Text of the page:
Physical Activity in Survivors of Pediatric Brain Tumors: A Review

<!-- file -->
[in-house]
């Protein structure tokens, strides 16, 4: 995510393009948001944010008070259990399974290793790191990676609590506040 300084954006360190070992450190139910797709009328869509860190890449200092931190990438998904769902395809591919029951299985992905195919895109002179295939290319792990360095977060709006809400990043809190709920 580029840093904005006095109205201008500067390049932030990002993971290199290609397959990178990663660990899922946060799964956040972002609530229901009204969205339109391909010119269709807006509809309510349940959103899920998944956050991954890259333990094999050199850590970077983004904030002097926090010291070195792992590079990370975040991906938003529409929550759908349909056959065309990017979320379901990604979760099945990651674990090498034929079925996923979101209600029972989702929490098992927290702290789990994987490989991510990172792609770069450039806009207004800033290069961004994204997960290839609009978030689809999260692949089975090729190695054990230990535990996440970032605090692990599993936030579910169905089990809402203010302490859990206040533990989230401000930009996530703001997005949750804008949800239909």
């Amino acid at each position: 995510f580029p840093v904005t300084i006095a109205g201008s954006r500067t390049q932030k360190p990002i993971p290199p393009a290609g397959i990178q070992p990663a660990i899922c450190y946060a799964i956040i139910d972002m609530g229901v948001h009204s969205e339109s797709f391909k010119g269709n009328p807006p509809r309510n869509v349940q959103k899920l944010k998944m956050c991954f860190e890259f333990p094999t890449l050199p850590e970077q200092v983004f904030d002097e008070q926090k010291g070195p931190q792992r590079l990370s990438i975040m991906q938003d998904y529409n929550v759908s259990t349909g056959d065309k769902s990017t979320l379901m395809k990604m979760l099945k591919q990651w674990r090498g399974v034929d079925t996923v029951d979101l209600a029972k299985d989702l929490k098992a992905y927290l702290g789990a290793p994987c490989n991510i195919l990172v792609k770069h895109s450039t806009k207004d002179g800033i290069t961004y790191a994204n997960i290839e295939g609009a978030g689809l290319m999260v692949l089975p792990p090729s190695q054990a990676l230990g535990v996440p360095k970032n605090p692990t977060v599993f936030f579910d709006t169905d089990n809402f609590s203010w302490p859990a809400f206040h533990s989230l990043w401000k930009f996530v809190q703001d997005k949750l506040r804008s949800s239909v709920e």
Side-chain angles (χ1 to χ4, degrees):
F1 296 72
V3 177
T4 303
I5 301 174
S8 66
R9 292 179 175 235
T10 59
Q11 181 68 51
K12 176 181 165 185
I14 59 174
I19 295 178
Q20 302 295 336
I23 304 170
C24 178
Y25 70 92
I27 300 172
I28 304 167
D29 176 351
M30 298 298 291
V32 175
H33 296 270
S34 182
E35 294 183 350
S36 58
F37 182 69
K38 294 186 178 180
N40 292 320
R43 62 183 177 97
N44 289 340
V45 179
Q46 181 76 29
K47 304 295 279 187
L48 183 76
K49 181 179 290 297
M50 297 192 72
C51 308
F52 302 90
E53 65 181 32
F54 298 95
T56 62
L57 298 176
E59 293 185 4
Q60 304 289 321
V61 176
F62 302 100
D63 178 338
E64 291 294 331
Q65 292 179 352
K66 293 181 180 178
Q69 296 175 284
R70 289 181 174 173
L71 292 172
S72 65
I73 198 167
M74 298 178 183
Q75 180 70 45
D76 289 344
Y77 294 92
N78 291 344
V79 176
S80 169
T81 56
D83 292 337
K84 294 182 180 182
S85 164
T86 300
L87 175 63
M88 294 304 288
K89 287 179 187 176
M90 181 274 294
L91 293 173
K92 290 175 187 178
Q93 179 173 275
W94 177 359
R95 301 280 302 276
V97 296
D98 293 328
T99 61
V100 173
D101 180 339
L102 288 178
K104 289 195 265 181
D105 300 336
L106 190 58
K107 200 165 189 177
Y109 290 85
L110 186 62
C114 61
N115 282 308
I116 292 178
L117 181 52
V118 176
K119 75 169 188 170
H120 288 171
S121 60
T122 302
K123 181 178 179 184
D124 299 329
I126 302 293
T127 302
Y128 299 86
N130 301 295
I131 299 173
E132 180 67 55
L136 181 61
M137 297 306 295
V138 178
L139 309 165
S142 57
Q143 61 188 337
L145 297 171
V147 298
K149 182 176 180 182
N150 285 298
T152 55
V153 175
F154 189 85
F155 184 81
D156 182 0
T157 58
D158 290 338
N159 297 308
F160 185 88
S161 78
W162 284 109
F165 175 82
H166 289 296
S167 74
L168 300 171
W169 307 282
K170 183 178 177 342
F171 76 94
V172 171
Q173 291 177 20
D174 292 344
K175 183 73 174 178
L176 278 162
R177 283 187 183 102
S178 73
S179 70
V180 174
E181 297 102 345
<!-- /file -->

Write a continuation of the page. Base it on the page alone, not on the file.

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Background.Children and adolescents treated for central nervous system (CNS) tumors are at increased risk for developing chronic health conditions, some of which lead to functional limitations. As these individuals age, the ability to perform activities of daily living and engage in physical exercise is impacted.Objectives.This article explores current literature surrounding barriers to exercise and ways to promote activity in survivors of pediatric brain tumors.Methods.A systematic search was performed using health-related databases and archival searching to identify available literature on physical activity in survivors of pediatric brain tumors between 2010 and 2017. Several seminal studies outside of the searched date range were also included.Discussion.Despite benefits to exercise, few survivors of pediatric brain tumors engage in the recommended 60 minutes of physical activity per day for many reasons, primarily related to tumor location and treatment-related late effects. Nonetheless, intervention trials have demonstrated that aerobic exercise and resistance training are feasible and safe in survivors of pediatric brain tumors.Conclusions.Exercise can influence numerous domains of health, positively impacting quality of life, and should be encouraged in this population.

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